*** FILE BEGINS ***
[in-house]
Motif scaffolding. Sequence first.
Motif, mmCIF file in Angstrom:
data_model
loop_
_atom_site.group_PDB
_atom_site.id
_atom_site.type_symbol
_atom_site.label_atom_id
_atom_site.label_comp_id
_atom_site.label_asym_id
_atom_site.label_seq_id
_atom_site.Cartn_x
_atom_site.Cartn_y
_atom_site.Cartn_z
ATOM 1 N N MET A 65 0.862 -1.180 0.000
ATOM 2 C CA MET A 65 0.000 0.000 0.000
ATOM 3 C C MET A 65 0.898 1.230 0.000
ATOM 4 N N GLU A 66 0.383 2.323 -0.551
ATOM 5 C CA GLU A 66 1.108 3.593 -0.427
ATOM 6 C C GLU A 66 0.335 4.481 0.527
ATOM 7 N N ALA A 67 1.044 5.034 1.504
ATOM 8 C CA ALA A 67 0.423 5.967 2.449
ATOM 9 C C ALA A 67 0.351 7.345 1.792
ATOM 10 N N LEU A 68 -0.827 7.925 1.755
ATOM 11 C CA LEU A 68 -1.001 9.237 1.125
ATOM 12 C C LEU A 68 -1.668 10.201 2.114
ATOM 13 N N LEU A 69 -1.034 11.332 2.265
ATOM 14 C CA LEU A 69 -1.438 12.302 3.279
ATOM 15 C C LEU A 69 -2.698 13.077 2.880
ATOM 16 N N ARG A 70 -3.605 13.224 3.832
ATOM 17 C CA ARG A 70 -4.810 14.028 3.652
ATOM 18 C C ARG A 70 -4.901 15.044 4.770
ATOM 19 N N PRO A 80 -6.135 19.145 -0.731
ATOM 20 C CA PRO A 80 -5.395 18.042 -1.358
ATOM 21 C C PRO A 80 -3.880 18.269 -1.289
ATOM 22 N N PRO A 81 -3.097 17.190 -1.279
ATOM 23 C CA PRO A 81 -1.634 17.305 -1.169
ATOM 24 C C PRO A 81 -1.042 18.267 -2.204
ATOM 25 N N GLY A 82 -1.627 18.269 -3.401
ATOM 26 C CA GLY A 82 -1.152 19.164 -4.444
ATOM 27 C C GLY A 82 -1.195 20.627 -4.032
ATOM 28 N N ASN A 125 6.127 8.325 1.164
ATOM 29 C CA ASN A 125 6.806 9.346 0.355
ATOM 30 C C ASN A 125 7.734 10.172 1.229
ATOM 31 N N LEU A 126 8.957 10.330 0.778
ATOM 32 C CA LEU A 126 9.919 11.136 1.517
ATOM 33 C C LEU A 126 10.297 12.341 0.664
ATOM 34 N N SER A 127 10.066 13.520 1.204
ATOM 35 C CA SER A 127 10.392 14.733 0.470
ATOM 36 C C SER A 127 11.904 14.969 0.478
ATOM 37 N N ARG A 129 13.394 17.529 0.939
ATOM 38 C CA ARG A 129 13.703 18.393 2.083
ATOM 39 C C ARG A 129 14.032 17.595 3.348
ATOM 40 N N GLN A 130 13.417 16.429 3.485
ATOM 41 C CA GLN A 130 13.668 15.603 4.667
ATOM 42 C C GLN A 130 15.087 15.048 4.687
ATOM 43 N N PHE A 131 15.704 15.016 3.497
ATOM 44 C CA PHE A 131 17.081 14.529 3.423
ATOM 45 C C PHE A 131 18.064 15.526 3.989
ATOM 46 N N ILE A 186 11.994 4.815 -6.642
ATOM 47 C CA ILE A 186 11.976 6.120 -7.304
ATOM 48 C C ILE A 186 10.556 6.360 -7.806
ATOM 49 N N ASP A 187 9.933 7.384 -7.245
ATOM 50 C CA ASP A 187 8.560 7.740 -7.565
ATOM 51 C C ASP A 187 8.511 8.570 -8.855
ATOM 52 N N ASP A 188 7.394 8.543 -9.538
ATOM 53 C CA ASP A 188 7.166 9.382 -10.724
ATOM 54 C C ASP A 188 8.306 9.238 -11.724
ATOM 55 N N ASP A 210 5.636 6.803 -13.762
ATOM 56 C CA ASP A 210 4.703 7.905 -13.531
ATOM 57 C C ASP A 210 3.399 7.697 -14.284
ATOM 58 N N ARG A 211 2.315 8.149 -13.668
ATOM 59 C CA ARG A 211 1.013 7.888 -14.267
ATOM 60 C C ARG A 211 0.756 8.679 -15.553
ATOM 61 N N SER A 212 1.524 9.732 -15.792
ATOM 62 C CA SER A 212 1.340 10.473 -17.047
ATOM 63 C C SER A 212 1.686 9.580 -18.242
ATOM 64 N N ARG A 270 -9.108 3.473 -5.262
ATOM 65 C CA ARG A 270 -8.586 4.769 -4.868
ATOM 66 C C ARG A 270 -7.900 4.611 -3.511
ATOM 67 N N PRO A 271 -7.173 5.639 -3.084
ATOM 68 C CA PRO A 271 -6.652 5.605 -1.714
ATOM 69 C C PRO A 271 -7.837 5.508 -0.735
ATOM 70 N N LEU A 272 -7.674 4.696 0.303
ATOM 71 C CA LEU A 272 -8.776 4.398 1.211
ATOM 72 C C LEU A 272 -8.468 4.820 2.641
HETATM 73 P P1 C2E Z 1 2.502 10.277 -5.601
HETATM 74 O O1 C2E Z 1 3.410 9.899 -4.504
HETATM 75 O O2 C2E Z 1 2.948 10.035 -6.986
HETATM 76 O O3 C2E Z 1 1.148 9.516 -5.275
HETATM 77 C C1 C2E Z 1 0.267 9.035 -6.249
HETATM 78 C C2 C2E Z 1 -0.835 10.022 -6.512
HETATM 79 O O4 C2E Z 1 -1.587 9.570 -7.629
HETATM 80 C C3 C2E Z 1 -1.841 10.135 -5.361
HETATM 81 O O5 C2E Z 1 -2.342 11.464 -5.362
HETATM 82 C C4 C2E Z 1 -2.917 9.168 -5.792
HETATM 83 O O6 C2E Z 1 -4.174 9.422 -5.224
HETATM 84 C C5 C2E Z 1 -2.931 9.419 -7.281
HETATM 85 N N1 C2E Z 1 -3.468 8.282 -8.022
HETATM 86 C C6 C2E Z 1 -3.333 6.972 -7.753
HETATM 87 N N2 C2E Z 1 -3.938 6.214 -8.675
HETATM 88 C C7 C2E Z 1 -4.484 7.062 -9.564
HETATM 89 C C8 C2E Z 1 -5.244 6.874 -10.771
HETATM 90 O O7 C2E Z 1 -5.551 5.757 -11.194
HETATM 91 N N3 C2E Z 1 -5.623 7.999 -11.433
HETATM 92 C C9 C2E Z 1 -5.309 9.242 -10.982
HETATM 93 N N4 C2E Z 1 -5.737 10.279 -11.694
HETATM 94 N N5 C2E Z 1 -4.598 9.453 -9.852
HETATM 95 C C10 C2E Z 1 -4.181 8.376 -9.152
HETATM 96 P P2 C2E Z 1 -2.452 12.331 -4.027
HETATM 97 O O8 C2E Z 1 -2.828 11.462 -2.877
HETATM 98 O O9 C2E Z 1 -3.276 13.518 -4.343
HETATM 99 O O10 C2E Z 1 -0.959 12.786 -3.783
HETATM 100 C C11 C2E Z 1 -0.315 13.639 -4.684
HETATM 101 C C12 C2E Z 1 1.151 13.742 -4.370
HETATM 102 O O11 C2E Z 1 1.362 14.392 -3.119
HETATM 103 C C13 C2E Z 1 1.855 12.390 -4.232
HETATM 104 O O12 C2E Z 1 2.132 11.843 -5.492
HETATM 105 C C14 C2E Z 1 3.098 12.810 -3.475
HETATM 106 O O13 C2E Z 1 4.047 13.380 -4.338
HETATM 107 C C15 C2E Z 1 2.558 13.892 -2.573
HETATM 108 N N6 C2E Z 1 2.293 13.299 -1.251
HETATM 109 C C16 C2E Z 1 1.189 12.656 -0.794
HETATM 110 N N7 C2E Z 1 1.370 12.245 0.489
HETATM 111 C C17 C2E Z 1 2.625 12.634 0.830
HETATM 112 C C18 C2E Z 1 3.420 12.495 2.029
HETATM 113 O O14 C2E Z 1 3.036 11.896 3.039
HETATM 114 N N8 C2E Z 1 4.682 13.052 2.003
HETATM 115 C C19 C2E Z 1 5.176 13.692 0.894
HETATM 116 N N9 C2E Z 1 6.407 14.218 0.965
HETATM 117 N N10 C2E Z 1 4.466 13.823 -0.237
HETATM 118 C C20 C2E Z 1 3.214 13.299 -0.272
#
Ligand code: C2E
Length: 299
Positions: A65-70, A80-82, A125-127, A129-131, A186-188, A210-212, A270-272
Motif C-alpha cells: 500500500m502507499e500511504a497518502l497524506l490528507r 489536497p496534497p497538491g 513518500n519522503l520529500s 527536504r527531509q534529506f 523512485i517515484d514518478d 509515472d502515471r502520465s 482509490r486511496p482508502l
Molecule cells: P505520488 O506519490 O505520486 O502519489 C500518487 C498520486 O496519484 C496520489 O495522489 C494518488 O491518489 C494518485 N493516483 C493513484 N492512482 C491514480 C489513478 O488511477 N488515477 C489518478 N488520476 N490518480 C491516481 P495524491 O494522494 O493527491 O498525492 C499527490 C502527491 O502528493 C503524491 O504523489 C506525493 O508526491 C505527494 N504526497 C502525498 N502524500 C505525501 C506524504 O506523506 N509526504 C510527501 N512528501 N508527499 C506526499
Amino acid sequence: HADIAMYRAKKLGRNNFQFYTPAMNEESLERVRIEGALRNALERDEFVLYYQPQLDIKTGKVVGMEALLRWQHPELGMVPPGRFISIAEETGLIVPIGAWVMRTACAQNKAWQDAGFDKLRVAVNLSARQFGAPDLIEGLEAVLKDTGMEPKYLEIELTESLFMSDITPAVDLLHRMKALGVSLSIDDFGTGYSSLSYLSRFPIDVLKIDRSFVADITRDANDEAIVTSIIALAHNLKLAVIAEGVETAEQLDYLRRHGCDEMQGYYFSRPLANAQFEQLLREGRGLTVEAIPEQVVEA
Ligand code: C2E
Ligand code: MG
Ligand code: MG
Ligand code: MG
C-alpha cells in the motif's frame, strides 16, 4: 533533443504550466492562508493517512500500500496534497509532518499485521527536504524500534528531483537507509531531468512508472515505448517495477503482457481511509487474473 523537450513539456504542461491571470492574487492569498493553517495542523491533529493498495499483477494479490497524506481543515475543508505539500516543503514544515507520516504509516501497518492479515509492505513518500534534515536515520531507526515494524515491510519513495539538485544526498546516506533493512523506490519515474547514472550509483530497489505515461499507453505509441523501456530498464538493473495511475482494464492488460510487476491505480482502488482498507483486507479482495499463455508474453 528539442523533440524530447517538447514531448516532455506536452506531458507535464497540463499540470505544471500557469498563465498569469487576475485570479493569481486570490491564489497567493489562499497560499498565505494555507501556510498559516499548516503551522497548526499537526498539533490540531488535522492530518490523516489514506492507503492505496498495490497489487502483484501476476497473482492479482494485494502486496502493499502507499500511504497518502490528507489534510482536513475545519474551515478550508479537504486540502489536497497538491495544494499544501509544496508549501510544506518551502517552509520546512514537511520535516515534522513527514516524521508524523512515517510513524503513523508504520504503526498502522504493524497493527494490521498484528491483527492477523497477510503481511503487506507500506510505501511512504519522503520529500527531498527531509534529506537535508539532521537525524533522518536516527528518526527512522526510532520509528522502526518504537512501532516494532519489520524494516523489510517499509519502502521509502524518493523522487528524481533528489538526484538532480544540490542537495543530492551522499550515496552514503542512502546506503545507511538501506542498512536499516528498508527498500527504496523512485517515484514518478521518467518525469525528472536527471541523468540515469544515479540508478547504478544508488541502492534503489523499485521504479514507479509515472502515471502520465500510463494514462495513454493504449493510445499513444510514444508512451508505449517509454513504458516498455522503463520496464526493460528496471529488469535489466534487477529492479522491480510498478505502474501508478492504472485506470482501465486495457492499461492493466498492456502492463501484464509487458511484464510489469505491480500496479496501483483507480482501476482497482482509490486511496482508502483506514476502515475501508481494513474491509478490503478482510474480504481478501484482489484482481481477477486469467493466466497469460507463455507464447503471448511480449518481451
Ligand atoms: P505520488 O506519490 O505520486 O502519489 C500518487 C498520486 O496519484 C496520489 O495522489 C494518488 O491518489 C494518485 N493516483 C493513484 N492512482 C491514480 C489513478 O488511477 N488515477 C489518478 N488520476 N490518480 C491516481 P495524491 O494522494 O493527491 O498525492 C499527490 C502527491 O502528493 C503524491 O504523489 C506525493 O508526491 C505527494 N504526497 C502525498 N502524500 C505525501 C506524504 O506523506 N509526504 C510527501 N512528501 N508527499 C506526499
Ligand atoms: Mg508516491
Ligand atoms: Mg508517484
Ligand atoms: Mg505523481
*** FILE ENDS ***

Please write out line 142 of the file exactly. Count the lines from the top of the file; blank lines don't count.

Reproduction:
Ligand code: MG